RESUMO

Mounting evidence suggests that monetary reward induces an incidentally learned selection bias toward highly rewarded features. It remains controversial, however, whether learning of reward regularities has similar effects on spatial attention. Here we ask whether spatial biases toward highly rewarded locations are learned implicitly, or are instead associated with explicit knowledge of reward structure. Participants completed a hybrid search and choice task involving multiple targets among multiple distractors. Targets garnered varying magnitudes of reward, and participants were instructed to search for targets and guess and click on the 1 that they thought would yield the highest reward. Unbeknownst to participants, 1 side of the display offered higher reward than the other. We measured the spatial bias for targets on the high-reward side of the screen and probed explicit awareness via a multiquestion interview. Participants who were aware of the reward structure (N = 48) showed a selection bias for targets appearing on the high-reward side of the screen. Contrary to previous findings, unaware participants (N = 24) showed only a significant central bias, despite spending just as much time on the task. The strong association between explicit awareness and reward-driven spatial attention in this paradigm suggests that instead of directly affecting the attentional priority map, probabilistic spatial reward learning more frequently affects attention indirectly by modulating task goals. (PsycInfo Database Record (c) 2020 APA, all rights reserved).


Assuntos
Atenção/fisiologia , Conscientização/fisiologia , Aprendizagem por Probabilidade , Desempenho Psicomotor/fisiologia , Recompensa , Percepção Espacial/fisiologia , Adulto , Feminino , Humanos , Masculino , Adulto Jovem
8.
Neurosci Biobehav Rev ; 105: 115-125, 2019 10.
Artigo em Inglês | MEDLINE | ID: mdl-31400351

RESUMO

When searching for an object in a familiar environment, we may automatically orient to locations where this object was often placed previously. Contextual cueing refers to the guidance of attention by repeated search context. As an implicit mechanism with high capacity, contextual cueing may be important for people whose cognitive function is compromised, immature, or in decline. Here we review and synthesize the last two decades of research on contextual cueing, focusing on neuropsychological and developmental evidence. Contextual cueing is largely preserved in young children, older adults, and individuals with autism spectrum disorders or mild intellectual impairment. Some, though not all, studies find a deficit in contextual cueing in amnesic patients, patients with basal ganglia damage, children with ADHD, and individuals with psychiatric disorders. Although the medial temporal lobe, the basal ganglia, and the posterior parietal cortex are implicated in contextual cueing, definitive evidence for their necessity is lacking. These findings suggest that contextual cueing is an evolutionarily conserved mechanism that is exceptionally robust to damages to single brain sites.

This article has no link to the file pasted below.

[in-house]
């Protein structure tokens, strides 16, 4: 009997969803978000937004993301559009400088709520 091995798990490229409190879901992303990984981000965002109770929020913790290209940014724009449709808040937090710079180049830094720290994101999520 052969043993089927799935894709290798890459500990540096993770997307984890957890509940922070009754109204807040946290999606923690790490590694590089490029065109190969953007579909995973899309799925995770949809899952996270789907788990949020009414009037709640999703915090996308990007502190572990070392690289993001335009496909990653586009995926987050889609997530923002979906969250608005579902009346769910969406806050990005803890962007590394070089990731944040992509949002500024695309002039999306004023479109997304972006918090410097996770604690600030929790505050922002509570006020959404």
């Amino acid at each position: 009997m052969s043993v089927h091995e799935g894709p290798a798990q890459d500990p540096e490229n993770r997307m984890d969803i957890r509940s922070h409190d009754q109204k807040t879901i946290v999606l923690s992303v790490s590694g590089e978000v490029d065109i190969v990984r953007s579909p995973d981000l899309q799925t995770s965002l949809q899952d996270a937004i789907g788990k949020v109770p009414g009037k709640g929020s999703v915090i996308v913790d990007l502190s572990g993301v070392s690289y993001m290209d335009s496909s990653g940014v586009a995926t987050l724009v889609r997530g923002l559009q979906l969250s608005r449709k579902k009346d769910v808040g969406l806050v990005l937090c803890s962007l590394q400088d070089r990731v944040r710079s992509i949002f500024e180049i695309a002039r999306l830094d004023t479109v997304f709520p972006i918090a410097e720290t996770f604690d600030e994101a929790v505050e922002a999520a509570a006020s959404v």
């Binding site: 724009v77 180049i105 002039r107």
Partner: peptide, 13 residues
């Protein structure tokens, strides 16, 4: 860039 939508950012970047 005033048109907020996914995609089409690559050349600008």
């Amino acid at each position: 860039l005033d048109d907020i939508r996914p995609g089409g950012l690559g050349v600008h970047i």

Assuntos
Atenção/fisiologia , Gânglios da Base/fisiologia , Córtex Cerebral/fisiologia , Sinais (Psicologia) , Desenvolvimento Humano/fisiologia , Aprendizagem/fisiologia , Transtornos Mentais/fisiopatologia , Gânglios da Base/fisiopatologia , Córtex Cerebral/fisiopatologia , Humanos
9.
Atten Percept Psychophys ; 81(8): 2571-2589, 2019 Nov.
Artigo em Inglês | MEDLINE | ID: mdl-31410759

RESUMO

Repeated contexts yield faster response time in visual search, compared with novel contexts. This effect is known as contextual cueing. Despite extensive study over the past two decades, there remains a spirited debate over whether repeated displays expedite search before the target is found (early locus) or facilitate response after the target is found (late locus). Here, we provide a tutorial review of contextual cueing, with a focus on assessing the locus of the effect. We evaluate the evidence from psychophysics, EEG, and eye tracking. Existing studies support an early locus of contextual cueing, consistent with attentional guidance accounts. Evidence for a late locus exists, though it is less conclusive. Existing literature also highlights a distinction between habit-guided attention learned through experience and changes in spatial priority driven by task goals and stimulus salience.


Assuntos
Atenção/fisiologia , Sinais (Psicologia) , Aprendizagem/fisiologia , Tempo de Reação/fisiologia , Adulto , Eletroencefalografia , Movimentos Oculares , Feminino , Humanos , Masculino , Psicofísica , Reconhecimento Psicológico , Adulto Jovem
10.
Curr Opin Psychol ; 29: 65-70, 2019 10.
Artigo em Inglês | MEDLINE | ID: mdl-30537679

RESUMO

The control of selective attention is traditionally considered to be either goal-driven or stimulus-driven. Increasing research, however, has linked past experience to attentional selection. Effects of selection history may be transient, as in inter-trial priming, or durable. Here we review several examples of enduring changes of attention and relate them to properties of habits. Like motor habits, reading direction is reinforced over an extended period of time. Despite the brevity of training, probability learning, context learning, value-driven attention, and learned attentional set also exhibit habit-like properties, including automaticity, insensitivity to outcome devaluation, and inflexibility. A consideration of whether a selection history effect is habit-like may help taxonomize diverse forms of experience-driven attention.